The accelerating pace of global business means that enterprises need more agile data-related systems and practices. Becoming more agile -- and succeeding at it -- isn't always easy given existing technology investments, constant technological evolution, and lingering cultural obstacles. No matter how agile your company is or isn't now, consider these important points.
Enterprises of all kinds are becoming more agile out of necessity. While the movement began with the software teams in many organizations, the rapid pace of today's business environment requires companies to become more nimble. Data-related initiatives, including analytics, are no exception.
"You're leaving value on the table if you don't have enough analytical agility in your organization," said Patrick Rice, founder and CEO of data science platform provider Lumidatum, in an interview. "A lot of people have standard reporting and dashboards in place, but we're going through the second wave of needing more agility in different places that go beyond standard reports for users."
Tool choices continue to proliferate, with the general trend being that they are easier to use. The idea is to put the power of data, analytics, and insights in the hands of more people in the organization faster without requiring PhDs to use the systems. Although, even in more technical contexts, technology layers or extensions are being added to existing systems such as Hadoop so that they too are easier to set up, deploy, and use. Of course, analytical agility isn't just about technology and solutions.
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"We're chipping away at the problem. A technology tool set is one thing, but if you haven't got the right mindset, the right people with the skills to use these tools, and you haven’t adapted the way you work, you're going to continue to work the old way," said Mark Marinelli, CTO of agile analytics solution provider Lavastorm, in an interview.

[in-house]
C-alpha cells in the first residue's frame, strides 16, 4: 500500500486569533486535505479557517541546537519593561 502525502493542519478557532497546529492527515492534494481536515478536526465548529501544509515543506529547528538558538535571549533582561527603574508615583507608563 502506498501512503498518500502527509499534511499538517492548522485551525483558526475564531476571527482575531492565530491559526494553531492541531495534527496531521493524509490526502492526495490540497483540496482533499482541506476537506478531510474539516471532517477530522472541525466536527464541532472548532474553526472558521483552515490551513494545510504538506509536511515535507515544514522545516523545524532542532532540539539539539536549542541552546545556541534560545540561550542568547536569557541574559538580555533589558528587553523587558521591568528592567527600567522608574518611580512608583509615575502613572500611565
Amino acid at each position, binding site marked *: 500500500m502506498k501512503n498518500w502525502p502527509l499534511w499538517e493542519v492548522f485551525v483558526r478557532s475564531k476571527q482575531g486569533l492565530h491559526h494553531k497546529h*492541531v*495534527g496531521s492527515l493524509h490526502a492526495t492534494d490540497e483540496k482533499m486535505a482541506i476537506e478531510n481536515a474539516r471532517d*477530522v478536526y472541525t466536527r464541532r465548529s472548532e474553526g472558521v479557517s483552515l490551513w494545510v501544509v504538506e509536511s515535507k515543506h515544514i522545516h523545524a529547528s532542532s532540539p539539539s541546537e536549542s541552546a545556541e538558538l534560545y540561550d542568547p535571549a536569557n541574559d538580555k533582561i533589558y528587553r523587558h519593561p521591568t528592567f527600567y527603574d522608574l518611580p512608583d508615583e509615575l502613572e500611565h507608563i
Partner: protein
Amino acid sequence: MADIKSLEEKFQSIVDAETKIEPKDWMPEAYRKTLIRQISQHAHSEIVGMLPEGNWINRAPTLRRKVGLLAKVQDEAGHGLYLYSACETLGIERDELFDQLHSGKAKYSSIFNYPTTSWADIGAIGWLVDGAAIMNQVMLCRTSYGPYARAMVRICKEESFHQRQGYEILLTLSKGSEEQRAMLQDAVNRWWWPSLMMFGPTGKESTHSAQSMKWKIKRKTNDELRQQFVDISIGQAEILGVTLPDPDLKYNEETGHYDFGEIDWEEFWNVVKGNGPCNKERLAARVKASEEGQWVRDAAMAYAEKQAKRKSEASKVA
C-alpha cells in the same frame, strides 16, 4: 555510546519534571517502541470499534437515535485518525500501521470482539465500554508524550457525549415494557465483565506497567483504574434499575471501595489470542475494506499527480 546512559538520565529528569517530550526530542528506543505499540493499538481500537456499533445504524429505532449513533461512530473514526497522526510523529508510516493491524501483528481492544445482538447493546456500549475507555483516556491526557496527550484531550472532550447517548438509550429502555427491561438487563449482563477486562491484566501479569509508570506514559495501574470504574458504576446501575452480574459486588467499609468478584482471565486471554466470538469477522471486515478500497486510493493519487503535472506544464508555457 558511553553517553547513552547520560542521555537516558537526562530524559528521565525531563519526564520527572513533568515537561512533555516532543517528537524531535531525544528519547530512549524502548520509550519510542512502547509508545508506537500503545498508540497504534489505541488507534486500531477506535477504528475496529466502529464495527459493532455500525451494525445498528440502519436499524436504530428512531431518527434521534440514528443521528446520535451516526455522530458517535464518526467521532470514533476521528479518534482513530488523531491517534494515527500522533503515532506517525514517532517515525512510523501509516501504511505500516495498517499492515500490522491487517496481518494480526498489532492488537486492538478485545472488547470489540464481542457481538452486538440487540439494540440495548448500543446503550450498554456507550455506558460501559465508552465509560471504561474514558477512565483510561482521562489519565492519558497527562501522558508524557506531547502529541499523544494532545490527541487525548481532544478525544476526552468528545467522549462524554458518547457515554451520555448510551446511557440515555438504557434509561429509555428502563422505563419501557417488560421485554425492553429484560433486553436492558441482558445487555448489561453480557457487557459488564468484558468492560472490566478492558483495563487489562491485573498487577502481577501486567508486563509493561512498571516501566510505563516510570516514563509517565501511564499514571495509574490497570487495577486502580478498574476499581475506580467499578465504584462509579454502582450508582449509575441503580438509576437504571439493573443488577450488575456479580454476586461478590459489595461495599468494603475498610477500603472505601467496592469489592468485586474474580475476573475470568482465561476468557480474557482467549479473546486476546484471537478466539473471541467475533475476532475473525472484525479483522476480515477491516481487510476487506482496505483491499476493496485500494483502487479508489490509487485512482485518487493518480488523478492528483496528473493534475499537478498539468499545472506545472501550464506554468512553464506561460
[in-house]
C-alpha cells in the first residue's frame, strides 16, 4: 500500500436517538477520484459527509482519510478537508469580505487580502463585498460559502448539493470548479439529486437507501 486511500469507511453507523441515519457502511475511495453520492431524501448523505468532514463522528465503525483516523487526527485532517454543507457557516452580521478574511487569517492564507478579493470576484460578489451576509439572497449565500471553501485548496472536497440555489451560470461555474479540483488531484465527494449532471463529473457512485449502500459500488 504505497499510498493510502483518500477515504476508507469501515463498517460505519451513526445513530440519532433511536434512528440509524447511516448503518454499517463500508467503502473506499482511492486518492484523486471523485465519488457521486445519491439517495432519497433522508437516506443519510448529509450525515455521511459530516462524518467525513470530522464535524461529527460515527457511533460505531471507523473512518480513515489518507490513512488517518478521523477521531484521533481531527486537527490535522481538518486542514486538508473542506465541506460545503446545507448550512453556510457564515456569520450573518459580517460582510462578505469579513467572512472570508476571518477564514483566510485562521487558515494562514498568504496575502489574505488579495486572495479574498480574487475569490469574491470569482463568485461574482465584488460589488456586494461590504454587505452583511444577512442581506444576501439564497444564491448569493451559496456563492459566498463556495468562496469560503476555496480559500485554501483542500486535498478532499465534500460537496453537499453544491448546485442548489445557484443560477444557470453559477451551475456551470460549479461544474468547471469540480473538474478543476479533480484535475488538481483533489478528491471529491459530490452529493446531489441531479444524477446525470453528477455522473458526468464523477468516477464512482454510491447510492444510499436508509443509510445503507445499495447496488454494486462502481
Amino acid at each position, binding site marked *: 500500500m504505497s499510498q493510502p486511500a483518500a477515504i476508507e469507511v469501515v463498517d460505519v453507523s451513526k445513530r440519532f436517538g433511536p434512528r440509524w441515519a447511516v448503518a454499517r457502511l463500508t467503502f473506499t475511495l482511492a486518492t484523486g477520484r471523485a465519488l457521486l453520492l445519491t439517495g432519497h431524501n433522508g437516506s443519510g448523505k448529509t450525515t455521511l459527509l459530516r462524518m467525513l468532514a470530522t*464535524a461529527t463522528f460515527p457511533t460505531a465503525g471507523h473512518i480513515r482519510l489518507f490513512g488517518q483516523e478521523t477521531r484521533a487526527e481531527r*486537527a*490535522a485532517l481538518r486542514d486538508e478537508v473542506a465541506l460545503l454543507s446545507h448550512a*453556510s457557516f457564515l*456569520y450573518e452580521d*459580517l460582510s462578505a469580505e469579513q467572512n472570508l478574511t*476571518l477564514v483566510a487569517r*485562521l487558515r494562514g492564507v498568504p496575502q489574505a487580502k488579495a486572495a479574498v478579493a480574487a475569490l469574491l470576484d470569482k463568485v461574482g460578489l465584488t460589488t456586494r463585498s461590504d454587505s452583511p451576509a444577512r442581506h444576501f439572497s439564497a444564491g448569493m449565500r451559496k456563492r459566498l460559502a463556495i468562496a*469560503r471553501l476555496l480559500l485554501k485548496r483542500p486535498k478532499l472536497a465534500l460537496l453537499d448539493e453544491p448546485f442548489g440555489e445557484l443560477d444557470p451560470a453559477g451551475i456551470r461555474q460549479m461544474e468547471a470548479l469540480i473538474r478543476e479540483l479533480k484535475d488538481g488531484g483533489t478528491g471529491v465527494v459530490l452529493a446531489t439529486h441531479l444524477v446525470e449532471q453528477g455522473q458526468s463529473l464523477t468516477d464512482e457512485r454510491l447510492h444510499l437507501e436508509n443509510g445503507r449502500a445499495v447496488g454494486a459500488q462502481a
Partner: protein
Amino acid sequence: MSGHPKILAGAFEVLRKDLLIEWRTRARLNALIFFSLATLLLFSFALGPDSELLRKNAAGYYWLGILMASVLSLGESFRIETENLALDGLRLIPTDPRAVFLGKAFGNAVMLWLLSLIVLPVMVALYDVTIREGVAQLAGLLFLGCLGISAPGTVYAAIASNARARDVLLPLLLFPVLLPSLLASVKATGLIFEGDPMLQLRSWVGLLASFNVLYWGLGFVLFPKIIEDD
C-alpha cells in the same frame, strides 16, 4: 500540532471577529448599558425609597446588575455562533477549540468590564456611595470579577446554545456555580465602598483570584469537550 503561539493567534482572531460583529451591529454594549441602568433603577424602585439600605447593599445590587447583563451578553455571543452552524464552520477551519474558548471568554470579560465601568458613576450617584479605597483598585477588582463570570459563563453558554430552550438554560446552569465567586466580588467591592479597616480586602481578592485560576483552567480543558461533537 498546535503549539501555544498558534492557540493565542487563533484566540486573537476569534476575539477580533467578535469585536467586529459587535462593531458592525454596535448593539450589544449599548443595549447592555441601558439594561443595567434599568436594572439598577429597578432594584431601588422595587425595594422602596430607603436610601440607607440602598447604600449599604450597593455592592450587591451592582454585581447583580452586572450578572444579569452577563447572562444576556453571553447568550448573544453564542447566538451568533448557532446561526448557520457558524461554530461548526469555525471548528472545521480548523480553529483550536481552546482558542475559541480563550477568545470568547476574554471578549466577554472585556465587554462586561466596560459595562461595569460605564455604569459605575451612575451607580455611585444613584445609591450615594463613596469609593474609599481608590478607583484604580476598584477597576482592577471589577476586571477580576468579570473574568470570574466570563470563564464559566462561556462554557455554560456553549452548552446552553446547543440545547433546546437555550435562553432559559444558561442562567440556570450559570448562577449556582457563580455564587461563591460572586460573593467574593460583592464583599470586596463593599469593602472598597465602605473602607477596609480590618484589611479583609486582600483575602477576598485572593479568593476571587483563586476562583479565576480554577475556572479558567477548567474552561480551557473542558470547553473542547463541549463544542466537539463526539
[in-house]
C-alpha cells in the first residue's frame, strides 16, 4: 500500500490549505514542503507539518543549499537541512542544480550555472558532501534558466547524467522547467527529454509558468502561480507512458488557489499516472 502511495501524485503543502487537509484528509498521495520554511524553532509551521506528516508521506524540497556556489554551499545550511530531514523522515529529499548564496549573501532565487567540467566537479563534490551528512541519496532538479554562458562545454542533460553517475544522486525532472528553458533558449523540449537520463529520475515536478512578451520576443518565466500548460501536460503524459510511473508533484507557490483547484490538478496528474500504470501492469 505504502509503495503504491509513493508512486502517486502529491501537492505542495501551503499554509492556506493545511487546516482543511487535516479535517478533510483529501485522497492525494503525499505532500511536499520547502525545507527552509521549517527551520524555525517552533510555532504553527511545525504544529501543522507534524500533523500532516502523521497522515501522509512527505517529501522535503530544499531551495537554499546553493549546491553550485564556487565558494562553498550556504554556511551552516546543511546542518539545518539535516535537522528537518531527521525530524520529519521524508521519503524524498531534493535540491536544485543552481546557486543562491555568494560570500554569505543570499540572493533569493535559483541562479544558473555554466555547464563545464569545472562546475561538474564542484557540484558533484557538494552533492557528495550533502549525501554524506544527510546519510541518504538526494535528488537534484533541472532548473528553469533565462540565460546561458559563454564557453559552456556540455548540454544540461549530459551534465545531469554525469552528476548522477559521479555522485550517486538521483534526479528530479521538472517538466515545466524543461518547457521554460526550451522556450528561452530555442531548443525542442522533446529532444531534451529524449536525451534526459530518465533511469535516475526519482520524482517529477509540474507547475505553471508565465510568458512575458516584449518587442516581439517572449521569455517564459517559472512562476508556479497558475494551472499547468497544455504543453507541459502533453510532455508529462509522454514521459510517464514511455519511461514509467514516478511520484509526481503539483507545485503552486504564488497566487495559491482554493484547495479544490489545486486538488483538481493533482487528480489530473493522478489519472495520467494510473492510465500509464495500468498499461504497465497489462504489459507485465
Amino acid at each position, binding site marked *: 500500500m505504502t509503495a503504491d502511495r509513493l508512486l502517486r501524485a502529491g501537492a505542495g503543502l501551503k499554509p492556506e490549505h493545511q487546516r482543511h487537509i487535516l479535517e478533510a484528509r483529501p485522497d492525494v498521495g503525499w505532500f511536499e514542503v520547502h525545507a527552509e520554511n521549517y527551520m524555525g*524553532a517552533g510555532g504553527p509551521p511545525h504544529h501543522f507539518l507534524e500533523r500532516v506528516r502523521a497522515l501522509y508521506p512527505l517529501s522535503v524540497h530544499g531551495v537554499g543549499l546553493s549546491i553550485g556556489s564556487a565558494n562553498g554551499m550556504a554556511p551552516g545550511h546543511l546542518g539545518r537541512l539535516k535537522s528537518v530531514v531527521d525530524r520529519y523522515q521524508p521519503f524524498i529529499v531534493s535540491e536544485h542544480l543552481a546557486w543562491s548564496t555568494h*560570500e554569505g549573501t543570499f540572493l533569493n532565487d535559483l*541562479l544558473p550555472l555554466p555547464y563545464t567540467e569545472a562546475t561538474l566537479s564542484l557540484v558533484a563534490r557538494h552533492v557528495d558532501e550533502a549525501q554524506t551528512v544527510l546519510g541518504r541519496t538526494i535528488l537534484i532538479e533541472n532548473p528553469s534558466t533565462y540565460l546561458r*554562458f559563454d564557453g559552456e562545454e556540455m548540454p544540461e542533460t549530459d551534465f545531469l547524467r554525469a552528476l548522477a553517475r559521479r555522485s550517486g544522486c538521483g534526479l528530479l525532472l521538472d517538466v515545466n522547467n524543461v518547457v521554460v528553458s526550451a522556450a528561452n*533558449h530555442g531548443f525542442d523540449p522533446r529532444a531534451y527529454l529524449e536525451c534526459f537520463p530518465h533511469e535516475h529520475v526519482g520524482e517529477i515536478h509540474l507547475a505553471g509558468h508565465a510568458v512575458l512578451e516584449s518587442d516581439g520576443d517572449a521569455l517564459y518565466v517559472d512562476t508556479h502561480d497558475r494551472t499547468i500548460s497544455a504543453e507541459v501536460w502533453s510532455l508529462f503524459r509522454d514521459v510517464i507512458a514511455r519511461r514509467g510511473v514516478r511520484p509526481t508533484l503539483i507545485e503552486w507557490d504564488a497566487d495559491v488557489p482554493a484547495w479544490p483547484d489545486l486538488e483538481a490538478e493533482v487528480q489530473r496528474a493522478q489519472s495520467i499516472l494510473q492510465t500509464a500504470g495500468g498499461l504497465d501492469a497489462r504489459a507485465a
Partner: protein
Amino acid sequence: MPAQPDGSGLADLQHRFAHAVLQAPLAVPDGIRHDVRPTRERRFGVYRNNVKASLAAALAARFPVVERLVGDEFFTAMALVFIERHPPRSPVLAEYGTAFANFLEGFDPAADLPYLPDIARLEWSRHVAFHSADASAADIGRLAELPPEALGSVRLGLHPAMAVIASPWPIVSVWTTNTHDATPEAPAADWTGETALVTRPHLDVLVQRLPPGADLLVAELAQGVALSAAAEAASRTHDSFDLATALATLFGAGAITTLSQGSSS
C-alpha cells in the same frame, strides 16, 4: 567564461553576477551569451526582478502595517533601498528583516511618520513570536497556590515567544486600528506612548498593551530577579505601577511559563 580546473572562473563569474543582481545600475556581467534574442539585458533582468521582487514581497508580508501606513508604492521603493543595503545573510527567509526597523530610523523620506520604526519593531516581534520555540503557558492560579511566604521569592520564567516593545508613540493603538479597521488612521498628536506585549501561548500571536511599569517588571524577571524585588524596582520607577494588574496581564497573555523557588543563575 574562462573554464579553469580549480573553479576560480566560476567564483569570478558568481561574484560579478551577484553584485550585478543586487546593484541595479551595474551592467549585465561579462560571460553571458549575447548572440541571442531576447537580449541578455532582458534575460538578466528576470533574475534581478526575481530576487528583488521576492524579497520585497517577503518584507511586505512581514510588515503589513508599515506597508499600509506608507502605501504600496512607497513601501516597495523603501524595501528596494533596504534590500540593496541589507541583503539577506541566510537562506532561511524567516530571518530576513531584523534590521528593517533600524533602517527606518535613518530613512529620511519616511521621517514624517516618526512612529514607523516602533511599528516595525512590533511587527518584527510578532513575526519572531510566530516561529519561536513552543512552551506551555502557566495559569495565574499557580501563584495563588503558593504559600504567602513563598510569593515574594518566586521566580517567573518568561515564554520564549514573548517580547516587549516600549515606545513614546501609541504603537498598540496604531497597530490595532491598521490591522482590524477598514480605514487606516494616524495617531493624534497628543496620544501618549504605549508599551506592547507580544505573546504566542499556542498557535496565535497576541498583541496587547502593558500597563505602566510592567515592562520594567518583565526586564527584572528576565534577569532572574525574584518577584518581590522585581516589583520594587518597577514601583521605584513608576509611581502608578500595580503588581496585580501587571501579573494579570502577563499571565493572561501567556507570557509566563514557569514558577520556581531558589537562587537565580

That's not to say organizations should attempt to reinvent themselves overnight. Becoming agile is a process that involves ideas, testing, iterating, and improvement. Rather than spending months or years building something that no longer maps to user requirements or the needs of the business, the point is to break large projects into smaller pieces, build on successes, learn from failures, and embrace an ethos of continuous improvement.
Still, many companies continue to chase the ideal of perfection at their own expense. They're attempting to build or deploy perfect systems or achieve perfectly clean data. The hope is to enable accurate data analyses and insights that can inform precise business decisions. Such a relentless focus on perfection can cause companies to spend unnecessary time and money on efforts that do not justify the incremental value they provide, however.
"I see companies fall down on this all the time. They want perfection and forget that good is good enough. They also forget that analytics are not perfect most of the time, so trying to create a perfect solution based on an imperfect signal, model, or outcome is actually compounding the imperfections. It's wasting time, money and effort," said John Lucker, global advanced analytics & modeling market leader at consulting firm Deloitte & Touche, in an interview.
Here are a few ways you can help your company achieve better ROI and greater analytical agility.
Lisa Morgan is a freelance writer who covers big data and BI for InformationWeek. She has contributed articles, reports, and other types of content to various publications and sites ranging from SD Times to the Economist Intelligent Unit. Frequent areas of coverage include ... View Full Bio
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